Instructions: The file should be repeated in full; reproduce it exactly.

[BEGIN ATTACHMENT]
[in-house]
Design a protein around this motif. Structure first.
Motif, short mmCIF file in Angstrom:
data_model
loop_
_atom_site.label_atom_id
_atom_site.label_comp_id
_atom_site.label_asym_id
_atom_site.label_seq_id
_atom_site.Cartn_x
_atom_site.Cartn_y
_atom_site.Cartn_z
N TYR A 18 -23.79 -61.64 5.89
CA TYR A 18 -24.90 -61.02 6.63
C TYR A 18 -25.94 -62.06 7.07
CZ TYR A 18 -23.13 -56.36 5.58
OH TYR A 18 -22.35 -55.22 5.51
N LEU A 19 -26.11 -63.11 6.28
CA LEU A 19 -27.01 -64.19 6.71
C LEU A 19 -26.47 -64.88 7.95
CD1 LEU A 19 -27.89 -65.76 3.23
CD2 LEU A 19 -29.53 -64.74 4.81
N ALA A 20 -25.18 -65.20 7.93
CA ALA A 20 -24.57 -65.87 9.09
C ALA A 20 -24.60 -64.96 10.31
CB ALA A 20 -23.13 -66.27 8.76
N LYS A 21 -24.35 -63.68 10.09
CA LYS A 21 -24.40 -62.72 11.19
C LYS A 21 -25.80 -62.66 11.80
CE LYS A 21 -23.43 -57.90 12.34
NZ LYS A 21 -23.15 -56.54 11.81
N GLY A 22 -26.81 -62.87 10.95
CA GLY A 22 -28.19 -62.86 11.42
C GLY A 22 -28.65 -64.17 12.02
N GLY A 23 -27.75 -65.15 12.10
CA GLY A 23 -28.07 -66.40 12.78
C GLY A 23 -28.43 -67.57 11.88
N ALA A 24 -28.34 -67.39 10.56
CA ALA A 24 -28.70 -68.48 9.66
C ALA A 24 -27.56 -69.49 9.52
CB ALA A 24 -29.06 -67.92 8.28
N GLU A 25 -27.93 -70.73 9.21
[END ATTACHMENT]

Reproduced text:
[in-house]
Design a protein around this motif. Structure first.
Motif, short mmCIF file in Angstrom:
data_model
loop_
_atom_site.label_atom_id
_atom_site.label_comp_id
_atom_site.label_asym_id
_atom_site.label_seq_id
_atom_site.Cartn_x
_atom_site.Cartn_y
_atom_site.Cartn_z
N TYR A 18 -23.79 -61.64 5.89
CA TYR A 18 -24.90 -61.02 6.63
C TYR A 18 -25.94 -62.06 7.07
CZ TYR A 18 -23.13 -56.36 5.58
OH TYR A 18 -22.35 -55.22 5.51
N LEU A 19 -26.11 -63.11 6.28
CA LEU A 19 -27.01 -64.19 6.71
C LEU A 19 -26.47 -64.88 7.95
CD1 LEU A 19 -27.89 -65.76 3.23
CD2 LEU A 19 -29.53 -64.74 4.81
N ALA A 20 -25.18 -65.20 7.93
CA ALA A 20 -24.57 -65.87 9.09
C ALA A 20 -24.60 -64.96 10.31
CB ALA A 20 -23.13 -66.27 8.76
N LYS A 21 -24.35 -63.68 10.09
CA LYS A 21 -24.40 -62.72 11.19
C LYS A 21 -25.80 -62.66 11.80
CE LYS A 21 -23.43 -57.90 12.34
NZ LYS A 21 -23.15 -56.54 11.81
N GLY A 22 -26.81 -62.87 10.95
CA GLY A 22 -28.19 -62.86 11.42
C GLY A 22 -28.65 -64.17 12.02
N GLY A 23 -27.75 -65.15 12.10
CA GLY A 23 -28.07 -66.40 12.78
C GLY A 23 -28.43 -67.57 11.88
N ALA A 24 -28.34 -67.39 10.56
CA ALA A 24 -28.70 -68.48 9.66
C ALA A 24 -27.56 -69.49 9.52
CB ALA A 24 -29.06 -67.92 8.28
N GLU A 25 -27.93 -70.73 9.21